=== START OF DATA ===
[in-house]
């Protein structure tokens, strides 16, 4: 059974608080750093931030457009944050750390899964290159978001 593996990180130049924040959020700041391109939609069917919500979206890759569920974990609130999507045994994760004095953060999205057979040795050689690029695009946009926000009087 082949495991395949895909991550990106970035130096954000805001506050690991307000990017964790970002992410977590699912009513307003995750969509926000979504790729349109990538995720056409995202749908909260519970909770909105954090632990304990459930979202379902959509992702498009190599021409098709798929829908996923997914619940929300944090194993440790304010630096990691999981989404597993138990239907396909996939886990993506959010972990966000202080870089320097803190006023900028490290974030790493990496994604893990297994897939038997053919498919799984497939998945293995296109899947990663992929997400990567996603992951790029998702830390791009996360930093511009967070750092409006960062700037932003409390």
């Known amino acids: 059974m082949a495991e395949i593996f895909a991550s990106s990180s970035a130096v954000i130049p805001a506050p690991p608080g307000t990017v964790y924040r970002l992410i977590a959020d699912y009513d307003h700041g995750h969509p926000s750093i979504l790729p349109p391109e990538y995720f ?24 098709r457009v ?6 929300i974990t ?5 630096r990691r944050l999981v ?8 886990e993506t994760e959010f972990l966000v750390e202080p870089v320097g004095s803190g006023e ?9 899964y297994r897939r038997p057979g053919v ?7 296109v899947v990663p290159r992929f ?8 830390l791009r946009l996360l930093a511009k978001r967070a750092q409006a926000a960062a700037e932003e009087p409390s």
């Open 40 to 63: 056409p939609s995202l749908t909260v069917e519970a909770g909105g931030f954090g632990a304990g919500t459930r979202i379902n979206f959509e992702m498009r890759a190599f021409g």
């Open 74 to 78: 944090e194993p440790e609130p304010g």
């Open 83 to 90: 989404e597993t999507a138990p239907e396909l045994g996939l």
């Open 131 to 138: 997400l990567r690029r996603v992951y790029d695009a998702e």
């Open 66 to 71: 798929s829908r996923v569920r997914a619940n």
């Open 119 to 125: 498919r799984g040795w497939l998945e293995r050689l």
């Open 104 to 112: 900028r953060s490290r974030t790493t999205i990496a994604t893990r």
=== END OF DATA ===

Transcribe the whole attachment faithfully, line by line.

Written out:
[in-house]
């Protein structure tokens, strides 16, 4: 059974608080750093931030457009944050750390899964290159978001 593996990180130049924040959020700041391109939609069917919500979206890759569920974990609130999507045994994760004095953060999205057979040795050689690029695009946009926000009087 082949495991395949895909991550990106970035130096954000805001506050690991307000990017964790970002992410977590699912009513307003995750969509926000979504790729349109990538995720056409995202749908909260519970909770909105954090632990304990459930979202379902959509992702498009190599021409098709798929829908996923997914619940929300944090194993440790304010630096990691999981989404597993138990239907396909996939886990993506959010972990966000202080870089320097803190006023900028490290974030790493990496994604893990297994897939038997053919498919799984497939998945293995296109899947990663992929997400990567996603992951790029998702830390791009996360930093511009967070750092409006960062700037932003409390």
């Known amino acids: 059974m082949a495991e395949i593996f895909a991550s990106s990180s970035a130096v954000i130049p805001a506050p690991p608080g307000t990017v964790y924040r970002l992410i977590a959020d699912y009513d307003h700041g995750h969509p926000s750093i979504l790729p349109p391109e990538y995720f ?24 098709r457009v ?6 929300i974990t ?5 630096r990691r944050l999981v ?8 886990e993506t994760e959010f972990l966000v750390e202080p870089v320097g004095s803190g006023e ?9 899964y297994r897939r038997p057979g053919v ?7 296109v899947v990663p290159r992929f ?8 830390l791009r946009l996360l930093a511009k978001r967070a750092q409006a926000a960062a700037e932003e009087p409390s």
């Open 40 to 63: 056409p939609s995202l749908t909260v069917e519970a909770g909105g931030f954090g632990a304990g919500t459930r979202i379902n979206f959509e992702m498009r890759a190599f021409g």
């Open 74 to 78: 944090e194993p440790e609130p304010g």
């Open 83 to 90: 989404e597993t999507a138990p239907e396909l045994g996939l």
């Open 131 to 138: 997400l990567r690029r996603v992951y790029d695009a998702e």
């Open 66 to 71: 798929s829908r996923v569920r997914a619940n």
């Open 119 to 125: 498919r799984g040795w497939l998945e293995r050689l």
């Open 104 to 112: 900028r953060s490290r974030t790493t999205i990496a994604t893990r």